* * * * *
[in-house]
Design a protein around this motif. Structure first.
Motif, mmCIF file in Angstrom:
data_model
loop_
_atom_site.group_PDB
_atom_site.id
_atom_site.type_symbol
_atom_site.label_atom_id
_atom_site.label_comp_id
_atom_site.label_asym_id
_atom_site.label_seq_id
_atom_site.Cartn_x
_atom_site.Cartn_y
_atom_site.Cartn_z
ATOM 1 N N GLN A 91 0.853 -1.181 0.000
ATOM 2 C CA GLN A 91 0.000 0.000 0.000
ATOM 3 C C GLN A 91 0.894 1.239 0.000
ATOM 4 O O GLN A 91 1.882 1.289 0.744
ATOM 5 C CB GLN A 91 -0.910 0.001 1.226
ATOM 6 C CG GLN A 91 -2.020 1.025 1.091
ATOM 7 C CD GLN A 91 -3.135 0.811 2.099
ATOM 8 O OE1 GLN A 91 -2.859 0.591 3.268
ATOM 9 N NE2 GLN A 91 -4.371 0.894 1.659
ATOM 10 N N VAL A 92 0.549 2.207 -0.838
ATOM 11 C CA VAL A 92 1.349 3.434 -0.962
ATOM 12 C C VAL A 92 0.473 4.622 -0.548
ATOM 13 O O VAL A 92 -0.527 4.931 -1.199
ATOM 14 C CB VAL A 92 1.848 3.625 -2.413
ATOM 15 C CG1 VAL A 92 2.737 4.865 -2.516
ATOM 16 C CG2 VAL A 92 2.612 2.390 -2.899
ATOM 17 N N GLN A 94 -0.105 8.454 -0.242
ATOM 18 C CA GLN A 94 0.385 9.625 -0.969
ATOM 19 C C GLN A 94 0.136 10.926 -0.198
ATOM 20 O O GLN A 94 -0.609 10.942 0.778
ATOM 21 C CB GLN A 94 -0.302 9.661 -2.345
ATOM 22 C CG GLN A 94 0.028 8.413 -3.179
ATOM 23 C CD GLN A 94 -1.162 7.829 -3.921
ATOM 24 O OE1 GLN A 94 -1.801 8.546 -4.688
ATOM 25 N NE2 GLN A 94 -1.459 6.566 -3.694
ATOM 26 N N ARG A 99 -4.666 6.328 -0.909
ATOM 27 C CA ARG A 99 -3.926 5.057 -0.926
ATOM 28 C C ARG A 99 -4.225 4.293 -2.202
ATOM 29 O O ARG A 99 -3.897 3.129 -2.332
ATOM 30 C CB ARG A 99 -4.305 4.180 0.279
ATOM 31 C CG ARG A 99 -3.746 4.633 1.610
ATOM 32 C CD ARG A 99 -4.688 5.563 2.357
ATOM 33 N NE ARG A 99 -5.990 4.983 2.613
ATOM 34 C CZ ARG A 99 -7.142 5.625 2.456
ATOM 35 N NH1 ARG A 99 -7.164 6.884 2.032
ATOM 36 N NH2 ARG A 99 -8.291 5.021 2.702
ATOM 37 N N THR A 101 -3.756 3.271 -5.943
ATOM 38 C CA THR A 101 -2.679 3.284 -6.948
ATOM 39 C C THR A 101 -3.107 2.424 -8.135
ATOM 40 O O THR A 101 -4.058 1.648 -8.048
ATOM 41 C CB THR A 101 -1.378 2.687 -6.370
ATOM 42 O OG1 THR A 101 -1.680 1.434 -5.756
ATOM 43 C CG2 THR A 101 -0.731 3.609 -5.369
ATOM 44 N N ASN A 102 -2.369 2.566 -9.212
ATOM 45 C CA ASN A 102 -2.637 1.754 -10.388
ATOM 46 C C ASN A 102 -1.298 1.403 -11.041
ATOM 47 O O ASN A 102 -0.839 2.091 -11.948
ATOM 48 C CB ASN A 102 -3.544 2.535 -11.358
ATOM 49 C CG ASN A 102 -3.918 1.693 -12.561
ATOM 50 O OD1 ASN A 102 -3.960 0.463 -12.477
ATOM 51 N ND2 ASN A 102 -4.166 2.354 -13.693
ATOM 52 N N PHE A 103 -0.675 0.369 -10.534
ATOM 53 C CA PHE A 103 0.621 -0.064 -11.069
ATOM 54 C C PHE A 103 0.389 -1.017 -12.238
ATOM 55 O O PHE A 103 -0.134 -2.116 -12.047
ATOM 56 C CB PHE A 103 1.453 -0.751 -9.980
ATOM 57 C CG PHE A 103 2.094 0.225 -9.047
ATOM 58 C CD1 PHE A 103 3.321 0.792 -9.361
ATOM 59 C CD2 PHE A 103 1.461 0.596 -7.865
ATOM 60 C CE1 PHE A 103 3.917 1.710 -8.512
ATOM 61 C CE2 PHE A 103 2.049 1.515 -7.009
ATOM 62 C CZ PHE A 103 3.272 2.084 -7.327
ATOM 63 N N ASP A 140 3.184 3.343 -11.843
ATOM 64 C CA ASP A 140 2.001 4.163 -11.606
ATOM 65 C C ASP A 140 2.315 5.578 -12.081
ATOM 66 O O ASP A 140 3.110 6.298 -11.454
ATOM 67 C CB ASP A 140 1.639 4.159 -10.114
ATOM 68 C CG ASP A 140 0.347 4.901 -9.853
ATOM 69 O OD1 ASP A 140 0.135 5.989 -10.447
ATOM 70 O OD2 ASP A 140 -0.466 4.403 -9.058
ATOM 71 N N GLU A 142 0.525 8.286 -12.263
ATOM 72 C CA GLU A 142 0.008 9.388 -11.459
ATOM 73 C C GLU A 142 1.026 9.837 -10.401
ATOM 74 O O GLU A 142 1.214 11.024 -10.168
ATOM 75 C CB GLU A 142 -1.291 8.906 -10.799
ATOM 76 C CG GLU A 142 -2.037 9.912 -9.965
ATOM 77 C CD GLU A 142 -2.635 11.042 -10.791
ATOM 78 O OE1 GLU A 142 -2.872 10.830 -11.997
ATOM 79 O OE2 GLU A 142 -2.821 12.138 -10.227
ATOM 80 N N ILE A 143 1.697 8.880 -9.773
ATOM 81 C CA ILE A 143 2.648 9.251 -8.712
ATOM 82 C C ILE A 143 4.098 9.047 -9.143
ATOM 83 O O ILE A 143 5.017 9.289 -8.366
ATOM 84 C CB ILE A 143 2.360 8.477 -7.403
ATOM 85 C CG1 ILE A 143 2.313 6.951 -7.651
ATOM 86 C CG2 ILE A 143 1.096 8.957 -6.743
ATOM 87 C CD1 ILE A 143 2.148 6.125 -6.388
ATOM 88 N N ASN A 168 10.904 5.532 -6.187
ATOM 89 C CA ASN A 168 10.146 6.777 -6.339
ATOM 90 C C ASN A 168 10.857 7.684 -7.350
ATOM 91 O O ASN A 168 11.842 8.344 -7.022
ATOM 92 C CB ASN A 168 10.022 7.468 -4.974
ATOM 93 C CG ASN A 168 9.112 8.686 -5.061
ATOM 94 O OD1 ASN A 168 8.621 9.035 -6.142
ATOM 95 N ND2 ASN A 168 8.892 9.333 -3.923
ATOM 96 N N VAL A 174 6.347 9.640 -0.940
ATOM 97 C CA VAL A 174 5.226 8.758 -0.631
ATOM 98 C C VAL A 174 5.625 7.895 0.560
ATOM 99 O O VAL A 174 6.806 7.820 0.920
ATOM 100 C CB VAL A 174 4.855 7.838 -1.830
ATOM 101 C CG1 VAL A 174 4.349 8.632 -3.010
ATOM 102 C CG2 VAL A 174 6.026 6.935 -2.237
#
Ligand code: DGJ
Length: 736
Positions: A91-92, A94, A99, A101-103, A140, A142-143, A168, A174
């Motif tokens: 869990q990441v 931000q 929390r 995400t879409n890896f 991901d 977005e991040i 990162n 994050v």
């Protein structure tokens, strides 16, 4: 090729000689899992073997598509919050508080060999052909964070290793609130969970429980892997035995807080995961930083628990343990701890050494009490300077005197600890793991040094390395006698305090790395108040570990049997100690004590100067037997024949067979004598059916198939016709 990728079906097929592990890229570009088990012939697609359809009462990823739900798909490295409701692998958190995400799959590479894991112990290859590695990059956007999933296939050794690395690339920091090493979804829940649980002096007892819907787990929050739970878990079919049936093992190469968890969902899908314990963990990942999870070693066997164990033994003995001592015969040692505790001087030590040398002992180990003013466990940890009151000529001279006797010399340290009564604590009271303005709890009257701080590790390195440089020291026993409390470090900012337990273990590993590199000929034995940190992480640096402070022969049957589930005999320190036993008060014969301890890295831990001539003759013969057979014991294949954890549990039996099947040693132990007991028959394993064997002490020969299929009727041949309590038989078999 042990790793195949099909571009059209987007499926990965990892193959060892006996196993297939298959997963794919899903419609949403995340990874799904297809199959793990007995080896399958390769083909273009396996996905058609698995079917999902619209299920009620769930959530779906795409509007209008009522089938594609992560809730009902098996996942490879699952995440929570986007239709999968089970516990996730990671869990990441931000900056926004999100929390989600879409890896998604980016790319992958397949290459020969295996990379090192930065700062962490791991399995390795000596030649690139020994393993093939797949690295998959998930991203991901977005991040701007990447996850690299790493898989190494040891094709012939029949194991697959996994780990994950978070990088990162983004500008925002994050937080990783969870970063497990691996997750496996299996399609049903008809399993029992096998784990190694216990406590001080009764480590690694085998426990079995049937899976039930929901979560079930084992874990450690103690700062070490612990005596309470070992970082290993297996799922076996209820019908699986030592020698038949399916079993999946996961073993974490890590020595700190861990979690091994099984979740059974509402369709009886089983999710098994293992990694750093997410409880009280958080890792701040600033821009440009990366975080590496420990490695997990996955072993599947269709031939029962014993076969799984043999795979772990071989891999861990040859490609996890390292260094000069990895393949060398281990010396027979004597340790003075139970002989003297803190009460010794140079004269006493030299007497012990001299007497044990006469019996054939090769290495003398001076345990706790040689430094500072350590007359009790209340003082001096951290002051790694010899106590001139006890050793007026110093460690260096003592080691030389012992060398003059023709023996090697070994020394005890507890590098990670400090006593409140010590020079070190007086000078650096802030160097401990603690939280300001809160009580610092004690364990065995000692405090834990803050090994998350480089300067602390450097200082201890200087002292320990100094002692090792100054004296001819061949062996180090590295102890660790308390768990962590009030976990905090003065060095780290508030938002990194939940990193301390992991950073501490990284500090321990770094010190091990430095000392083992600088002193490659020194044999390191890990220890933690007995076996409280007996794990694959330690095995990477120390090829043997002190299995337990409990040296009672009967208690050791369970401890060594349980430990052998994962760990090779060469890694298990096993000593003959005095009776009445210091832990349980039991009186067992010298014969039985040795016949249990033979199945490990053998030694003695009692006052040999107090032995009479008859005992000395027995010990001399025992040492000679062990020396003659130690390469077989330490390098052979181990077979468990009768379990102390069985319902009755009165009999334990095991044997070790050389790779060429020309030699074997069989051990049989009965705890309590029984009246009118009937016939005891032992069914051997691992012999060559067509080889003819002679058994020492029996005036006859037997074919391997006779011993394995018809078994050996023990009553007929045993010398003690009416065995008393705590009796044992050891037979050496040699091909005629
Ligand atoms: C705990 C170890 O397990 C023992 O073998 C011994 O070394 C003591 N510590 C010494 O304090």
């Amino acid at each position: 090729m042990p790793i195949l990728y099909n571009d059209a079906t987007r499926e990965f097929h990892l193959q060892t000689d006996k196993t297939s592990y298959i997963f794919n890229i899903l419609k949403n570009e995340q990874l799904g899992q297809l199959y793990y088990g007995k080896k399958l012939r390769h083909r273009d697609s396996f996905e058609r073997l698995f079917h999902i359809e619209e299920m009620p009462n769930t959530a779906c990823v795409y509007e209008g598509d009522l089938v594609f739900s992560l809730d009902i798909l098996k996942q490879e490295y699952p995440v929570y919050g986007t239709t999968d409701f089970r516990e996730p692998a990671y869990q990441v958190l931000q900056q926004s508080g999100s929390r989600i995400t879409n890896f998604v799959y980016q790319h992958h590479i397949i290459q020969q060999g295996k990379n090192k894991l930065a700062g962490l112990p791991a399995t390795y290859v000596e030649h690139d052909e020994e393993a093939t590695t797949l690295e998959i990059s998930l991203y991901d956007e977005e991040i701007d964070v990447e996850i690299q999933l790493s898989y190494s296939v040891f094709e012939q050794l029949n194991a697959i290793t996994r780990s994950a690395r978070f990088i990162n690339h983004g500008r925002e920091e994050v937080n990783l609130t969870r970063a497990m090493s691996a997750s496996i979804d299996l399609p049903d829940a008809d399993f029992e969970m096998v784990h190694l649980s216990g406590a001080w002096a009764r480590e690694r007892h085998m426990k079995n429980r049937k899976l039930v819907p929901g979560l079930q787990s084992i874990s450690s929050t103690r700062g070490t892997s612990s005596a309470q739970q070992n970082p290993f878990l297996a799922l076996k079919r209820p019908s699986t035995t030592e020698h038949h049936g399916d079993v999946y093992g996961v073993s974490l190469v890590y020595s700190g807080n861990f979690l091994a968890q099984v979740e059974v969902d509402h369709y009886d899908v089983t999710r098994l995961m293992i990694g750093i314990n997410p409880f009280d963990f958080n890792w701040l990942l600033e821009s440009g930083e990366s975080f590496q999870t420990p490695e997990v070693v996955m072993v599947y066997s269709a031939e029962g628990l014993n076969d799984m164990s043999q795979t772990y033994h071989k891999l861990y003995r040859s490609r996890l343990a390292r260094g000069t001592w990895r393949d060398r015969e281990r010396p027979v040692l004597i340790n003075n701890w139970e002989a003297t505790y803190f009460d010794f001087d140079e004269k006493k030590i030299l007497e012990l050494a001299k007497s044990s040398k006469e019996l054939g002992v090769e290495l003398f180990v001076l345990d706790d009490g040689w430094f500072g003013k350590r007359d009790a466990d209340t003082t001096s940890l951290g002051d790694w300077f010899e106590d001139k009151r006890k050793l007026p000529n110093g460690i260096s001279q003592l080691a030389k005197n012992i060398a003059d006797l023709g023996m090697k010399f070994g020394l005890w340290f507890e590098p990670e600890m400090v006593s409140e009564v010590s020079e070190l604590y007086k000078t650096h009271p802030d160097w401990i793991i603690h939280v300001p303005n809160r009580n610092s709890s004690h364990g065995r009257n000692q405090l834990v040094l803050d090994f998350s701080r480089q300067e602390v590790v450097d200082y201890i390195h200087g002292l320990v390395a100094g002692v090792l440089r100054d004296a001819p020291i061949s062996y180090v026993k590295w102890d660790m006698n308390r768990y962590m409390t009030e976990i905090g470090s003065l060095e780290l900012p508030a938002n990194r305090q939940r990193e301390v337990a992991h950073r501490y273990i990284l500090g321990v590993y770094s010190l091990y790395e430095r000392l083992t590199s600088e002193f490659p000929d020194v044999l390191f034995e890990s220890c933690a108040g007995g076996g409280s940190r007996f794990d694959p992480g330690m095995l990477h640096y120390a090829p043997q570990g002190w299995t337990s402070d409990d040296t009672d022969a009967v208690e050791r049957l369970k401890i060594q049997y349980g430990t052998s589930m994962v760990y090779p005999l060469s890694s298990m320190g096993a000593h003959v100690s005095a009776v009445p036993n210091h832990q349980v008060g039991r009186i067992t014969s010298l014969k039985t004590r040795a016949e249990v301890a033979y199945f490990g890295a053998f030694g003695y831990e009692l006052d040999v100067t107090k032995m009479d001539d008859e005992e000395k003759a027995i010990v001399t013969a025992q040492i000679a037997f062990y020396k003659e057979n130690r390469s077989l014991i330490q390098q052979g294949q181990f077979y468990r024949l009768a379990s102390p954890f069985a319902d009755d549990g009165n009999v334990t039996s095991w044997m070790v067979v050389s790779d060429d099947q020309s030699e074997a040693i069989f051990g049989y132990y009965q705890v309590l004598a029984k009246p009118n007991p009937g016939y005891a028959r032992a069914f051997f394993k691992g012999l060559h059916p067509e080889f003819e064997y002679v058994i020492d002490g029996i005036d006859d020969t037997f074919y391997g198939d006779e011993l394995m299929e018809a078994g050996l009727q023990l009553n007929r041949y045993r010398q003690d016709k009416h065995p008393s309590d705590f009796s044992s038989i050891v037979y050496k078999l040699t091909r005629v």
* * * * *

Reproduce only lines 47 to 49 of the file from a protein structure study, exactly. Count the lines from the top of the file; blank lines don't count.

ATOM 32 C CD ARG A 99 -4.688 5.563 2.357
ATOM 33 N NE ARG A 99 -5.990 4.983 2.613
ATOM 34 C CZ ARG A 99 -7.142 5.625 2.456